The following were elected to the Board of Directors at the Mor-Gran-Sou Annual Meeting held July 19, 2019:
GRANT COUNTY position - Three year term
Vernard Frederick – Flasher
MANDAN AREA position - Three year term
Pam Geiger – Mandan
MORTON COUNTY position - Two year term
Kathy Tokach – St. Anthony
MORTON COUNTY position - Three year term
Jay Larson – Almont
Thank you members for casting your ballot and participating in your Annual Meeting.
See the Annual Report here: (2019)
2019 Mor-Gran-Sou Annual Meeting Summary
Members of Mor-Gran-Sou Electric Cooperative, Inc., met at the Pavilion of Prairie Knights Casino and Resort north of Fort Yates on July 19 to conduct their business at the cooperative’s 72nd annual meeting. This year’s theme was, “Inspired by innovation. Driven by service.”
The afternoon began with registration from 3:30 to 5:30 p.m. CT. Prior to a delicious banquet served at 6 p.m., a solemn prayer was offered by Reverend Dennis R. Schafer, St. Gertrude Catholic Church, Raleigh; St. Lawrence Catholic Church, Flasher; St. Theresa Catholic Church, Carson. Standing Rock Chairman Mike Faith welcomed members.
Chairman Leland “Judge” Barth dropped the gavel at approximately 5:30 p.m. CT and the business meeting was underway. The membership fulfilled Cooperative Principle #2, democratic member control, by voting to fill four board director positions: one for the Grant County position, one for the Mandan-Area position, and two for the Morton County positions. Incumbent Vernard Frederick from Flasher retained the Grant County position. Pam Geiger from Mandan was elected to fill the Mandan-Area position. Kathy Tokach from St. Anthony was elected to serve the two-year Morton County position, and Jay Larson from Almont was re-elected to fill the three-year Morton County position.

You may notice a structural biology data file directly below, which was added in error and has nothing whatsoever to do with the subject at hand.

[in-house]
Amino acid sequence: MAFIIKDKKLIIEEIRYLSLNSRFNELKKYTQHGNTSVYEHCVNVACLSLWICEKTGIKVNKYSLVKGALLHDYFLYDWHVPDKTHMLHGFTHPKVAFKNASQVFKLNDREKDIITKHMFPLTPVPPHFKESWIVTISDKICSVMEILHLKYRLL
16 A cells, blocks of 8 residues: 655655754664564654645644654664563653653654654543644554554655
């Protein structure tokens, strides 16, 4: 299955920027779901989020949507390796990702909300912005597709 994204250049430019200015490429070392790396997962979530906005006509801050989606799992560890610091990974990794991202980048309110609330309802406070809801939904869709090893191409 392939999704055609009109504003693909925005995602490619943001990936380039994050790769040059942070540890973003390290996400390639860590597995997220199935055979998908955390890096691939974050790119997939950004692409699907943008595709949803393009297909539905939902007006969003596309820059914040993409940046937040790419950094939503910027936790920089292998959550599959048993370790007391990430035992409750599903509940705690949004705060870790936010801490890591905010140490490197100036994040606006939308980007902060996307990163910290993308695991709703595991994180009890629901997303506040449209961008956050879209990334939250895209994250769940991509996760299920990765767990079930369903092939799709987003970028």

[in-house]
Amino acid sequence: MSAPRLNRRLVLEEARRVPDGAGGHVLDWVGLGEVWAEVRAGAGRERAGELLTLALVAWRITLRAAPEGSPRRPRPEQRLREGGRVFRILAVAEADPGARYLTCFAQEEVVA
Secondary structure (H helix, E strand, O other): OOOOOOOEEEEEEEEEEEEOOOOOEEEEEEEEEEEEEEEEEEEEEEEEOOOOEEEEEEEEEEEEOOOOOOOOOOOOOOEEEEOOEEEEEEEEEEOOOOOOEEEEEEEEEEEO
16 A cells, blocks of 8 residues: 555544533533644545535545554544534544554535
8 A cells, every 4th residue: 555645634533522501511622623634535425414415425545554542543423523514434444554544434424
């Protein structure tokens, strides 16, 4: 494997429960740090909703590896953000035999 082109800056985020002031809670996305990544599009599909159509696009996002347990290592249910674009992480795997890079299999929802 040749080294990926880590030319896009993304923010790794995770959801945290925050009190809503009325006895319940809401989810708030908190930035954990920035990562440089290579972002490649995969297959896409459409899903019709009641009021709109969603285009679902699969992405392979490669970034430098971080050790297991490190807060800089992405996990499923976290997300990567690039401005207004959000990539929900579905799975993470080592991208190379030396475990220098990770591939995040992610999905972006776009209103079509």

Mor-Gran-Sou thanks Cody Hatzenbuhler and Bonnie Tomac from Mandan, Eric Schultz from Almont, and Travis Wilkens from New Salem for campaigning to serve their electric cooperative.
The reorganization meeting will be held at the next scheduled board meeting on Aug. 28.
Mor-Gran-Sou was honored to have a number of guests attend the meeting, including Sean Cleary, representative for Senator John Hoeven, and Jody Link, representative for Senator Kevin Cramer. They read statements provided on behalf of our congressional delegates.
After the greetings, Co-General Managers/Chief Executive Officers Donald Franklund and Travis Kupper captured this year’s theme in their interesting and informative report to the membership. Franklund began by noting the value of electricity is what it helps people accomplish.
From the electric meter and transformer outside a consumer’s home, to the distribution lines that lead to substations and the extensive transmission system beyond, the electric service network is needed to ensure the lights turn on at the end of the day.
“Yes, a true network of poles and wire are needed — but more importantly — it is the network of people,” Franklund said. “Years ago, I heard a bit of wisdom that still holds true today. ‘Line trucks don’t fix power lines; people do. And linemen don’t just fix power lines; the network of people do.’ From our billing department to warehousing … from engineering to communications … each step is important in providing members with reliable electric service. It is like a chain — only as strong as its weakest link.”
As noted regularly in Mor-Gran-Sou’s monthly local pages of North Dakota Living, Current newsletter, quarterly newsletter, online advertising and Facebook, safety is the culture of the cooperative. Mor-Gran-Sou has an aggressive safety program to keep employees and the general public safe. Franklund noted the cooperative is seeing more equipment damage due to being struck by farm equipment. The shortened spring planting season due to weather meant folks worked longer hours and into the night.